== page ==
Scouting out a new pair of women's adventure sandals? Our team of experts evaluated over 40 pairs before buying, testing, and rating the best 13 models on the market. From city blocks to trails and rocks, these sandals stayed on our feet for several months wherever we went. In our side-by-side tests, we set out to find which options best combine style, performance, and value. We looked at models that might replace your hiking shoes, options you can run in, and more delicate ones that can explore trails by day and still be paired with a dress at night. We've put dozens of hours and hundreds of miles into figuring out which choices are best for every foot and every activity. If you're in the market for a flip-flop instead of a sandal, check out our comprehensive flip-flop review specifically for women.
The Best Sandals for Women Review
Analysis and Award Winners
We added three exciting new models to our test group this year and revisited some previous award winners to keep up with this ever-evolving field. While our Editors' Choice, the Bedrock Cairn Adventure, held its place at the top of the pile, the Chaco Z/Cloud 2 gave it a real run for its money. Ultimately, we named the Z/Cloud 2 our Top Pick for Distance Hikers. The Merrell Terran Ari Lattice, new to the review in 2018, snagged our Top Pick for Urban Travelers.
Best Overall Women's Sandals
Bedrock Cairn Adventure
Throughout testing, one shoe continually demanded attention. The highest scorer in the test, the Bedrock Cairn Adventure offers a unique style, employing a thong construction combined with an ankle strap. This design lends a surprising, barely-there feel, eliminating pressure points on the side of the foot and between the toes. This model also sports a hearty Vibram sole. Our testers have grown to love and trust Vibram rubber, so there was little hesitation when scurrying up and down steep slabs with a heavy pack while wearing the Cairn Adventure. Add in a comprehensive adjustment system, style points, and a lightweight feel that adds versatility, and this model is an easy pick for our Editors' Choice Award. This competitor is a do-anything champ, and if you're looking for a companion on your way to the crag, beach, and bar, this is the shoe for you.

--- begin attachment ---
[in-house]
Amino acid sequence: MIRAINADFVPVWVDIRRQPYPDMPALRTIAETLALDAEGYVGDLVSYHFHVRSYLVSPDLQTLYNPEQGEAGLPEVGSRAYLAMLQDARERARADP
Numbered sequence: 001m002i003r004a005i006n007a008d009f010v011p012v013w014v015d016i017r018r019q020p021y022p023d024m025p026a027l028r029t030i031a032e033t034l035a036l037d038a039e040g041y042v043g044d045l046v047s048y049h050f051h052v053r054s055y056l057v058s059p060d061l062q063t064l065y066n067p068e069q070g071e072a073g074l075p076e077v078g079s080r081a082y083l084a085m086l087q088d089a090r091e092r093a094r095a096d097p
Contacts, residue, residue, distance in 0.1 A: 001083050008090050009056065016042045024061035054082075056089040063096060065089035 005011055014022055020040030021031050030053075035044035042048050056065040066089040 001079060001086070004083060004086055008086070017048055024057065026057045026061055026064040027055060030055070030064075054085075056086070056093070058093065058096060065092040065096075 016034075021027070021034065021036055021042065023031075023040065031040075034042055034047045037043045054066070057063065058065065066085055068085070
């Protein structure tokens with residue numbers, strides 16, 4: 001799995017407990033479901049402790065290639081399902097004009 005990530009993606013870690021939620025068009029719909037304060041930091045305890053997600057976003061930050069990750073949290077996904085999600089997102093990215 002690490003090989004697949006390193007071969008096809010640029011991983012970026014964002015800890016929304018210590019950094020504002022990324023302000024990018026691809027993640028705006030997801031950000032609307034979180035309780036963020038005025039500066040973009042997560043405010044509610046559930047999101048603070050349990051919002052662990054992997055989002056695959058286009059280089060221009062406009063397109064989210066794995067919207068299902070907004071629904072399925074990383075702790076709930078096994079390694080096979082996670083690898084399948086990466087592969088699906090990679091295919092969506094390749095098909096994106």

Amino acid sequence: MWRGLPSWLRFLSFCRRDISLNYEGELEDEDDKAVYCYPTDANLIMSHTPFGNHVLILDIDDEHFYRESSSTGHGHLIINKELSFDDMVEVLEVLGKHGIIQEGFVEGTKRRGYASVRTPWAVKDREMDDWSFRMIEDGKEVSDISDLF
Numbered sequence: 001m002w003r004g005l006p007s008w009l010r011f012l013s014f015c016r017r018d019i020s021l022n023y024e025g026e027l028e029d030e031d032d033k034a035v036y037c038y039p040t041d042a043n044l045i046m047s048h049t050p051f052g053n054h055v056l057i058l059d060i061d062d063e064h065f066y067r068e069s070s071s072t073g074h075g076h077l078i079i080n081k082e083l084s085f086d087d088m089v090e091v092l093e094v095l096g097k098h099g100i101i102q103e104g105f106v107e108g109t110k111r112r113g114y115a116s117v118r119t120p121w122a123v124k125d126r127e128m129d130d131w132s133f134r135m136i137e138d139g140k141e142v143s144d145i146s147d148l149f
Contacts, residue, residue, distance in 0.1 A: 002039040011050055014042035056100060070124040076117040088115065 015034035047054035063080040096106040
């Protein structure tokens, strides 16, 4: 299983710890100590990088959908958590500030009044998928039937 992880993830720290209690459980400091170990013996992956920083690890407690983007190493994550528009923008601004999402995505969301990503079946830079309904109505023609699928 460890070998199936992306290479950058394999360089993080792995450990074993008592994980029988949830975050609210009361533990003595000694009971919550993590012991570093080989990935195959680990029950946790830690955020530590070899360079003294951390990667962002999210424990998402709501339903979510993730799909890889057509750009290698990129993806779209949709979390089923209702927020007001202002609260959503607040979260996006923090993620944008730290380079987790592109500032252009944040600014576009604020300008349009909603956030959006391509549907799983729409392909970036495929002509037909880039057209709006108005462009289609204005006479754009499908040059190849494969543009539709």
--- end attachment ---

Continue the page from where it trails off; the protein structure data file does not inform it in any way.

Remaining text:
It was hard to find things to complain about in the Bedrock, but we'll give it a go: This model has a fairly thin, flexible sole, so if you're looking for a cushy pair of kicks with a ton of support, this ain't it. You also can't wear socks with these due to the thong-style toe strap. If you can get over those two issues, you'll love this shoe.
Read review: Bedrock Cairn Adventure
Best Bang for Your Buck
The Tirra was one of the highest scoring products in our tests and can be found for $50-80. It performed well across the board and is relatively lightweight. It can handle almost any terrain and is one of the more stylish Teva options. A three-point adjustment system allows you to tighten the Tirra as needed when you're cruising the beach or trails, and the contoured sole provides the right amount of traction for short off-trail forays. If you're looking for a value option that can handle light-duty adventure, the Tirra is your best bet.
The ankle strap did cause discomfort among some testers, and these shoes have a fairly stiff sole that may not be the most comfortable for all wearers.
Read review: Teva Tirra
Top Pick for Distance Hikers
Chaco Z/Cloud 2